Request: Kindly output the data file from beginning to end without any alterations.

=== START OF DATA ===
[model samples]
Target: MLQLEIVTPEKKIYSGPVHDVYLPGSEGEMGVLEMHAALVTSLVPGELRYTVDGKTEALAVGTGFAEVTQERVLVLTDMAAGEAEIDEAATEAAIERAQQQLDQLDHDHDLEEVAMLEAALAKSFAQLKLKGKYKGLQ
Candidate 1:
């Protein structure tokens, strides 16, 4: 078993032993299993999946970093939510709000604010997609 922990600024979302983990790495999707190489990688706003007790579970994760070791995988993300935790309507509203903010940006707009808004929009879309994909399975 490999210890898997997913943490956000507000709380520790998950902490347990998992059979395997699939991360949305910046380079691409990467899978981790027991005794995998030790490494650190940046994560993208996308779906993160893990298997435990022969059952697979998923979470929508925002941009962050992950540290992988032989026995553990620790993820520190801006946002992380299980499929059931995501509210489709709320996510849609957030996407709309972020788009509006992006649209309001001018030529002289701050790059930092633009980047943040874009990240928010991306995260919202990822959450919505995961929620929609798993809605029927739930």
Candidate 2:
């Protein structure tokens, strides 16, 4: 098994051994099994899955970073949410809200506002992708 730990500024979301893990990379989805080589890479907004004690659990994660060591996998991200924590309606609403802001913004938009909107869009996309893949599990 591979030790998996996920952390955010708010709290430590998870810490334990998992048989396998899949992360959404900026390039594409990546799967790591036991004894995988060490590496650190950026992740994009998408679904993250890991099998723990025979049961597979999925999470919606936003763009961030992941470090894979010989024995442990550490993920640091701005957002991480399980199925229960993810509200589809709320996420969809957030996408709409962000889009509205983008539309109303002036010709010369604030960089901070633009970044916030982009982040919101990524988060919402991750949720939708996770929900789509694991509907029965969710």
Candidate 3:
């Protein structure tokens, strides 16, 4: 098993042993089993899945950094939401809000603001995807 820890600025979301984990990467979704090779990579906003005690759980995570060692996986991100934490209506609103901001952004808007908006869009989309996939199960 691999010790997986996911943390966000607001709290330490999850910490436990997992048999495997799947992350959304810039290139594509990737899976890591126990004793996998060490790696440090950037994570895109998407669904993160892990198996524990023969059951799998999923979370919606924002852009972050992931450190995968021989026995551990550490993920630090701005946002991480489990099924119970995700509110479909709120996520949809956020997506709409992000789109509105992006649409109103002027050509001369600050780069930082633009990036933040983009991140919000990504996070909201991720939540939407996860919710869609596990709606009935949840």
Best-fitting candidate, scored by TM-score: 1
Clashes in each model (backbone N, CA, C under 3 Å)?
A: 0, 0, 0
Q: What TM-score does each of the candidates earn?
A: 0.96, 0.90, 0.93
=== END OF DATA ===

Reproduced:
[model samples]
Target: MLQLEIVTPEKKIYSGPVHDVYLPGSEGEMGVLEMHAALVTSLVPGELRYTVDGKTEALAVGTGFAEVTQERVLVLTDMAAGEAEIDEAATEAAIERAQQQLDQLDHDHDLEEVAMLEAALAKSFAQLKLKGKYKGLQ
Candidate 1:
């Protein structure tokens, strides 16, 4: 078993032993299993999946970093939510709000604010997609 922990600024979302983990790495999707190489990688706003007790579970994760070791995988993300935790309507509203903010940006707009808004929009879309994909399975 490999210890898997997913943490956000507000709380520790998950902490347990998992059979395997699939991360949305910046380079691409990467899978981790027991005794995998030790490494650190940046994560993208996308779906993160893990298997435990022969059952697979998923979470929508925002941009962050992950540290992988032989026995553990620790993820520190801006946002992380299980499929059931995501509210489709709320996510849609957030996407709309972020788009509006992006649209309001001018030529002289701050790059930092633009980047943040874009990240928010991306995260919202990822959450919505995961929620929609798993809605029927739930």
Candidate 2:
């Protein structure tokens, strides 16, 4: 098994051994099994899955970073949410809200506002992708 730990500024979301893990990379989805080589890479907004004690659990994660060591996998991200924590309606609403802001913004938009909107869009996309893949599990 591979030790998996996920952390955010708010709290430590998870810490334990998992048989396998899949992360959404900026390039594409990546799967790591036991004894995988060490590496650190950026992740994009998408679904993250890991099998723990025979049961597979999925999470919606936003763009961030992941470090894979010989024995442990550490993920640091701005957002991480399980199925229960993810509200589809709320996420969809957030996408709409962000889009509205983008539309109303002036010709010369604030960089901070633009970044916030982009982040919101990524988060919402991750949720939708996770929900789509694991509907029965969710």
Candidate 3:
């Protein structure tokens, strides 16, 4: 098993042993089993899945950094939401809000603001995807 820890600025979301984990990467979704090779990579906003005690759980995570060692996986991100934490209506609103901001952004808007908006869009989309996939199960 691999010790997986996911943390966000607001709290330490999850910490436990997992048999495997799947992350959304810039290139594509990737899976890591126990004793996998060490790696440090950037994570895109998407669904993160892990198996524990023969059951799998999923979370919606924002852009972050992931450190995968021989026995551990550490993920630090701005946002991480489990099924119970995700509110479909709120996520949809956020997506709409992000789109509105992006649409109103002027050509001369600050780069930082633009990036933040983009991140919000990504996070909201991720939540939407996860919710869609596990709606009935949840």
Best-fitting candidate, scored by TM-score: 1
Clashes in each model (backbone N, CA, C under 3 Å)?
A: 0, 0, 0
Q: What TM-score does each of the candidates earn?
A: 0.96, 0.90, 0.93